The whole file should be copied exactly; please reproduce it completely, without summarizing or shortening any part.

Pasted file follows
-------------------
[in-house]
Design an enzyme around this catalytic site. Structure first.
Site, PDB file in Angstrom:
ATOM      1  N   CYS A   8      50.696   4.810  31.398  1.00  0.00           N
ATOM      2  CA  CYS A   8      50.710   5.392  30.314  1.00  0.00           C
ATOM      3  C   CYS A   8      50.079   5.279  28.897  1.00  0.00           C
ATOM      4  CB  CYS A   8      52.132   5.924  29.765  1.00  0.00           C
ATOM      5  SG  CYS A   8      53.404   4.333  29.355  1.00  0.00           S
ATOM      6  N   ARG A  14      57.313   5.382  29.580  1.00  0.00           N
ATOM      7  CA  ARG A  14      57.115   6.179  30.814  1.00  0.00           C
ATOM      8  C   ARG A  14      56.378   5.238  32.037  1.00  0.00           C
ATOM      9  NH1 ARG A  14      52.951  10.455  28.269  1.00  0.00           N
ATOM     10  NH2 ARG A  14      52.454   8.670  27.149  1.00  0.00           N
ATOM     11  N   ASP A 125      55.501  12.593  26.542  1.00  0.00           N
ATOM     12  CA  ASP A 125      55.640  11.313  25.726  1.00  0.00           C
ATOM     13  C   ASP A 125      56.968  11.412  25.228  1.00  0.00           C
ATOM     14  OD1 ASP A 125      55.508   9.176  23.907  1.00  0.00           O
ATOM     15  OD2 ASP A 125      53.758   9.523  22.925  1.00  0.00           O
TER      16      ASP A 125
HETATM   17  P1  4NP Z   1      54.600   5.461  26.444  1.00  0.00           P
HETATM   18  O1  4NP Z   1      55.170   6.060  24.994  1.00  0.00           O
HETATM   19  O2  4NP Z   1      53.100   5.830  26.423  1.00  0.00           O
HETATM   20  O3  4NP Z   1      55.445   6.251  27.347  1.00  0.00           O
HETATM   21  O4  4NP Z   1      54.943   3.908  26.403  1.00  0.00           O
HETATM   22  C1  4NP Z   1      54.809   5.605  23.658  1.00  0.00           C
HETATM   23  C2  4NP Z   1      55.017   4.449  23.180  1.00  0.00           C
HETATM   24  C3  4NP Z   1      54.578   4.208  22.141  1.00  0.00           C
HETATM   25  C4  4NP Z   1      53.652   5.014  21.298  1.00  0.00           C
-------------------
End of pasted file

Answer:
[in-house]
Design an enzyme around this catalytic site. Structure first.
Site, PDB file in Angstrom:
ATOM      1  N   CYS A   8      50.696   4.810  31.398  1.00  0.00           N
ATOM      2  CA  CYS A   8      50.710   5.392  30.314  1.00  0.00           C
ATOM      3  C   CYS A   8      50.079   5.279  28.897  1.00  0.00           C
ATOM      4  CB  CYS A   8      52.132   5.924  29.765  1.00  0.00           C
ATOM      5  SG  CYS A   8      53.404   4.333  29.355  1.00  0.00           S
ATOM      6  N   ARG A  14      57.313   5.382  29.580  1.00  0.00           N
ATOM      7  CA  ARG A  14      57.115   6.179  30.814  1.00  0.00           C
ATOM      8  C   ARG A  14      56.378   5.238  32.037  1.00  0.00           C
ATOM      9  NH1 ARG A  14      52.951  10.455  28.269  1.00  0.00           N
ATOM     10  NH2 ARG A  14      52.454   8.670  27.149  1.00  0.00           N
ATOM     11  N   ASP A 125      55.501  12.593  26.542  1.00  0.00           N
ATOM     12  CA  ASP A 125      55.640  11.313  25.726  1.00  0.00           C
ATOM     13  C   ASP A 125      56.968  11.412  25.228  1.00  0.00           C
ATOM     14  OD1 ASP A 125      55.508   9.176  23.907  1.00  0.00           O
ATOM     15  OD2 ASP A 125      53.758   9.523  22.925  1.00  0.00           O
TER      16      ASP A 125
HETATM   17  P1  4NP Z   1      54.600   5.461  26.444  1.00  0.00           P
HETATM   18  O1  4NP Z   1      55.170   6.060  24.994  1.00  0.00           O
HETATM   19  O2  4NP Z   1      53.100   5.830  26.423  1.00  0.00           O
HETATM   20  O3  4NP Z   1      55.445   6.251  27.347  1.00  0.00           O
HETATM   21  O4  4NP Z   1      54.943   3.908  26.403  1.00  0.00           O
HETATM   22  C1  4NP Z   1      54.809   5.605  23.658  1.00  0.00           C
HETATM   23  C2  4NP Z   1      55.017   4.449  23.180  1.00  0.00           C
HETATM   24  C3  4NP Z   1      54.578   4.208  22.141  1.00  0.00           C
HETATM   25  C4  4NP Z   1      53.652   5.014  21.298  1.00  0.00           C